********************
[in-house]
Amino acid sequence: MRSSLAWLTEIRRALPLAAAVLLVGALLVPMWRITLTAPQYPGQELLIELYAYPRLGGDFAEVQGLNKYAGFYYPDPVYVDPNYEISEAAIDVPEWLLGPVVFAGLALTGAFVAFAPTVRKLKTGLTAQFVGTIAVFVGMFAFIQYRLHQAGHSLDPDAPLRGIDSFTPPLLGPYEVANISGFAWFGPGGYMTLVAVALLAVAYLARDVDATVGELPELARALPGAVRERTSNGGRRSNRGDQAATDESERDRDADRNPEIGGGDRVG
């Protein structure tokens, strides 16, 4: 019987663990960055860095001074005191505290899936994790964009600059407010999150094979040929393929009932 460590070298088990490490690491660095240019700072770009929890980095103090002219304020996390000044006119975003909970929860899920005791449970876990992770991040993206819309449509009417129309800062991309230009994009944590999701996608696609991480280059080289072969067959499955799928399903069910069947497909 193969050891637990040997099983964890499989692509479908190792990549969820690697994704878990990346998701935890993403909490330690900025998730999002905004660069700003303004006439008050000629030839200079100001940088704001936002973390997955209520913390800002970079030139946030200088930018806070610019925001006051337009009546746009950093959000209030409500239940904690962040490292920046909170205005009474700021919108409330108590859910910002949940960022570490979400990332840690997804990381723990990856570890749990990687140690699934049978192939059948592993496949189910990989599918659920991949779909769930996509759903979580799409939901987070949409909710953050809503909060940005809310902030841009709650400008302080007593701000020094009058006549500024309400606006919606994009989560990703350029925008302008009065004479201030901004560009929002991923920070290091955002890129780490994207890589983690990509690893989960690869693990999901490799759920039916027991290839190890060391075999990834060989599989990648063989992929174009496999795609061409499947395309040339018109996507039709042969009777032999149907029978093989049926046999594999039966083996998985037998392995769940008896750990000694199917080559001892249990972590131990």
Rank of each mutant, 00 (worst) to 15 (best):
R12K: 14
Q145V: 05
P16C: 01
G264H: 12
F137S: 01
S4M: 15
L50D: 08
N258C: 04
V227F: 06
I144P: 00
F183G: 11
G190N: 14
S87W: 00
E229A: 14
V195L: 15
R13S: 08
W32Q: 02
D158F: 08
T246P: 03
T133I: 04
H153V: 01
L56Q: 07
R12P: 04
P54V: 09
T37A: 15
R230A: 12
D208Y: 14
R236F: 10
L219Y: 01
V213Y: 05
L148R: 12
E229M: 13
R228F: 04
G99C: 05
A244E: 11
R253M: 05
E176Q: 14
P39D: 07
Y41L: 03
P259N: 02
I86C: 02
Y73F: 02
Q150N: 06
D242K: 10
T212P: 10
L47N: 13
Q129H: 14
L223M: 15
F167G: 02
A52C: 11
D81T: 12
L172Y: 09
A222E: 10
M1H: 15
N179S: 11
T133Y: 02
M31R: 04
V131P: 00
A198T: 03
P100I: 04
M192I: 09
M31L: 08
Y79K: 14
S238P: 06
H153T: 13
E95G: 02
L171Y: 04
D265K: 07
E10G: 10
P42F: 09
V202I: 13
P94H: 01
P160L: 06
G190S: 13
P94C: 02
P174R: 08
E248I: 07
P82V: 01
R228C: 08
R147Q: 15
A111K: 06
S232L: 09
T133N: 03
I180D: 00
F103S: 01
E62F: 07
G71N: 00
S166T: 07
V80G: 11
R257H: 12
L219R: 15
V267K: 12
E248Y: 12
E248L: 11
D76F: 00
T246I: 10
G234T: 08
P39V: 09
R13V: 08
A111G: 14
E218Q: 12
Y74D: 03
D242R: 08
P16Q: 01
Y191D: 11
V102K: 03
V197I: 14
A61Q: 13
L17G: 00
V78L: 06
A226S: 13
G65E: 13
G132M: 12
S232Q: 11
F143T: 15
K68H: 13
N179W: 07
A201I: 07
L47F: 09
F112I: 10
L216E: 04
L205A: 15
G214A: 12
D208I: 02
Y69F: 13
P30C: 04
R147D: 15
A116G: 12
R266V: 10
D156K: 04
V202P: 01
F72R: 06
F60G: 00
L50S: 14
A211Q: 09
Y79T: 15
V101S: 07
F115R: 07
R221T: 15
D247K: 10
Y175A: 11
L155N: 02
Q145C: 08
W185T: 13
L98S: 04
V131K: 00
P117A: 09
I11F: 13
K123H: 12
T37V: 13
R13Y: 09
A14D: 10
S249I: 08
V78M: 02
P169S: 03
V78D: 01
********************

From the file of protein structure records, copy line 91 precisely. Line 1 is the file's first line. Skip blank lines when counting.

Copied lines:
G71N: 00